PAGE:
Articles in Category: Global Trade

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Numerous companies have expressed concern over the U.S.’s tariffs over the last year and change, in many cases citing the tariffs when referring to gloomy earnings forecasts or workforce reductions.

Keep up to date on everything going on in the world of trade and tariffs via MetalMiner’s Trade Resource Center.

From beverage can makers to automobile manufacturers, numerous sectors have bemoaned the impact of the Trump administration’s tariffs on their bottom lines (whether it’s the Section 232 tariffs on steel and aluminum or the vast series of Section 301 tariffs on goods from China).

That tariff pain has also been felt by the electronics sector, according to recent survey results from the IPC.

In IPC’s recent research report titled “Tariff War Fallout: U.S. Electronics Manufacturers Worried About Higher Tariffs and Laboring to Mitigate Impacts,” 86% of manufacturers surveyed between Sept. 25 and Oct. 2 were concerned about tariffs.

“On average, companies report they have seen tariff increases on approximately 31 percent of the total dollar value of the products they import,” the IPC report said. “Twenty-five percent of companies report over half of the dollar value of the products they import are facing higher tariffs.”

Some respondents indicated the tariff climate had an impact on their decisions regarding investment. According to the IPC, 21% of survey respondents indicated they are reducing their investments in the U.S.

In addition 30% reported sales were down as a result of the tariffs.

“Some companies may choose to absorb the higher costs associated with tariffs to maintain sales levels,” the report states. “But this approach results in higher costs, which will inevitably hurt margins. Moreover, some companies report that even raising prices is not stopping margin compression and weaker sales.”

In terms of supply chains, the tariffs have also prompted a shift out of China.

“Some 51 percent of responding companies report they are sourcing from countries outside of China as a result of increased tariffs on Chinese imports,” the report notes. “Nearly one in five companies (19%) report they are moving manufacturing and potentially other business interests outside of China.”

Free Partial Sample Report: 2020 MetalMiner Annual Metals Outlook

The full report is available on IPC’s website.

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This morning in metals news, China wants the U.S. to remove tariffs before a final trade deal can be reached, U.S. Steel announced it would offer $300 million in senior convertible notes and Alcoa released its third-quarter financial results.

Keep up to date on everything going on in the world of trade and tariffs via MetalMiner’s Trade Resource Center.

China: Remove Tariffs for Final Trade Deal

As trade talks between the U.S. and China continued with another round of top-level negotiations last week, China indicated that tariffs must be removed in order for a final deal to be reached, CNBC reported.

“Both sides’ ultimate goal for the negotiations is to end the trade war, cancel all additional tariffs,” Ministry of Commerce spokesman Gao Feng was quoted as saying. “This is good for China, good for the U.S. and good for the world.”

U.S. Steel to Offer $300M in Convertible Notes

U.S. Steel announced Tuesday that it plans to offer $300 million in senior convertible notes “in a private offering made only to persons reasonably expected to be qualified institutional buyers.”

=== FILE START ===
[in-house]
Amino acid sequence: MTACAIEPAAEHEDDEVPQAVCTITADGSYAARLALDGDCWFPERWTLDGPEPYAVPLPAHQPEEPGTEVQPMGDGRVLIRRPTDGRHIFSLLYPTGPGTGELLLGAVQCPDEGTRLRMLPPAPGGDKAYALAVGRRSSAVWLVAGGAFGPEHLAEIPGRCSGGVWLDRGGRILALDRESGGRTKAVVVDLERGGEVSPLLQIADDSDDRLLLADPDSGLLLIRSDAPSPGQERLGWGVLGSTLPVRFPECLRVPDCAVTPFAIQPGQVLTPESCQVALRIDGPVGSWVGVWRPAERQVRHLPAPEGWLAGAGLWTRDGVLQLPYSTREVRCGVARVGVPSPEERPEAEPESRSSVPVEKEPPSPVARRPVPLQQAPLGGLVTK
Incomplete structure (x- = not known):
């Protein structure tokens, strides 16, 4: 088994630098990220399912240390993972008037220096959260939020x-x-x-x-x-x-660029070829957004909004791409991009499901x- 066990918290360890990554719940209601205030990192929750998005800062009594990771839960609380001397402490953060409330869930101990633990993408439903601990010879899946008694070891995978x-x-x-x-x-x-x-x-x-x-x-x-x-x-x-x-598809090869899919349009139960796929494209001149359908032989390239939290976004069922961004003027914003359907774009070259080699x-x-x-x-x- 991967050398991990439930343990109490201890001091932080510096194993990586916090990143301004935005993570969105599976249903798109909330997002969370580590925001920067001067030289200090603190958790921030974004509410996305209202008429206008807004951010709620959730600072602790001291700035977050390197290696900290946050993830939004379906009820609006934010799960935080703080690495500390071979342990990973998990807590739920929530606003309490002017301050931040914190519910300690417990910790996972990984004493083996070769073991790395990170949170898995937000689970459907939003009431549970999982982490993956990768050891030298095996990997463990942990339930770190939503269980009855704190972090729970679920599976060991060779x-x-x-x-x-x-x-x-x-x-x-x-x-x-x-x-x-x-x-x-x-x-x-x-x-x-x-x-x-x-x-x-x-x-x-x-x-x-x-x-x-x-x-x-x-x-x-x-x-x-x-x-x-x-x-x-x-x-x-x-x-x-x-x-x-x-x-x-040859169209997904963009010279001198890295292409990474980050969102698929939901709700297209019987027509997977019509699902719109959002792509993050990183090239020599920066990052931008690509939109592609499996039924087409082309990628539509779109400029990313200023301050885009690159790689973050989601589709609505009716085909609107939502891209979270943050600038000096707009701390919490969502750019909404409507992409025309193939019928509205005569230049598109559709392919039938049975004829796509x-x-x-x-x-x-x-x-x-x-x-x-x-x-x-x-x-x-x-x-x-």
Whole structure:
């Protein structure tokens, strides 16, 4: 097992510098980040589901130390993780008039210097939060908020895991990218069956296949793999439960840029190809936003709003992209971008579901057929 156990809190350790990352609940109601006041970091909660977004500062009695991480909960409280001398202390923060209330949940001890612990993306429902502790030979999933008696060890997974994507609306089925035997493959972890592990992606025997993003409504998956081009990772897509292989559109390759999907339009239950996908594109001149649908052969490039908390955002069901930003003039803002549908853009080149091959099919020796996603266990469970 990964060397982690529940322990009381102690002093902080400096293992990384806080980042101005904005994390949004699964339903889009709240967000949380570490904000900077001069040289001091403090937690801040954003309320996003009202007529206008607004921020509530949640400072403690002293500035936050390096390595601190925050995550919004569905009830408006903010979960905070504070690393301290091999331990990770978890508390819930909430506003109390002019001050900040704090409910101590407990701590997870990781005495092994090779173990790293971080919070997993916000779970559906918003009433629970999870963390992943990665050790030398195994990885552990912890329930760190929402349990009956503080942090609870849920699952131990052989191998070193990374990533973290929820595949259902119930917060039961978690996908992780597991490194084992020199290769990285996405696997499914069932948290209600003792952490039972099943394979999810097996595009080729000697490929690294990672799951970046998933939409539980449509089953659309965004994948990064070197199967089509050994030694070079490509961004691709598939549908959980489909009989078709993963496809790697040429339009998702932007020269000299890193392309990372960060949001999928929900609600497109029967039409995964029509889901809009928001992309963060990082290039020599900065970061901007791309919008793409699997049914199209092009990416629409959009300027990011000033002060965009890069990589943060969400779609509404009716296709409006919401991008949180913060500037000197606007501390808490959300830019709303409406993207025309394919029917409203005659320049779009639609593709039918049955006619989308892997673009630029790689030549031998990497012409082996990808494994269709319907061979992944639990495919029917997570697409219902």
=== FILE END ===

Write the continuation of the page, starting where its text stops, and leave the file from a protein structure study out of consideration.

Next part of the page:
“U.S. Steel intends to use the net proceeds from the offerings for general corporate purposes, including, without limitation, for previously announced strategic investments and capital expenditures,” the steelmaker said.

Alcoa Releases 3Q Financial Results

Bauxite, alumina and aluminum producer Alcoa announced a net loss of $221 million in the third quarter of 2019, compared with a net loss of $402 million in Q2 2019.

The firm reported an adjusted net loss, excluding special items, of $82 million for the third quarter.

“In the third quarter, Alcoa reported adjusted EBITDA excluding special items of $388 million, down $67 million from the prior quarter, primarily due to lower alumina pricing that was partially offset by higher alumina sales volume and lower production costs,” the company said.

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In addition, third-quarter revenues of $2.6 billion were down 5% from the previous quarter “primarily due to lower alumina prices,” the company said.

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This morning in metals news, the U.S. steel sector’s capacity utilization rate inched down another tenth of a percentage point, the U.S. raised its steel tariffs on Turkey to 50% and Chinese iron ore futures fell Tuesday.

Keep up to date on everything going on in the world of trade and tariffs via MetalMiner’s Trade Resource Center.

U.S. Steel Capacity Utilization Rate Falls to 80.3%

The U.S. steel sector’s capacity utilization rate for the year through Oct. 12 reached 80.3%, down from 80.4% the previous week.

Steel production for the year through Oct. 12 reached 76.1 million tons, up 2.9% on a year-over-year basis.

Trump Raises Turkey Steel Tariffs

In yet another turn in U.S.-Turkey relations, President Donald Trump signed an executive order halting trade negotiations with Turkey and raising the tariff on Turkish steel imports to 50%.

Last year, the Trump administration raised its Section 232 steel tariff on Turkish steel to 50% amid a row over Turkey’s detention of American pastor Andrew Brunson; the U.S. eventually brought the tariff back down to the standard 25% rate.

However, after the U.S. announced a withdrawal of its forces from Syria, followed by Turkey’s military offensive in the region, Trump released a statement announcing the U.S. would sanction Turkish government officials and “any persons contributing to Turkey’s destabilizing actions in northeast Syria.”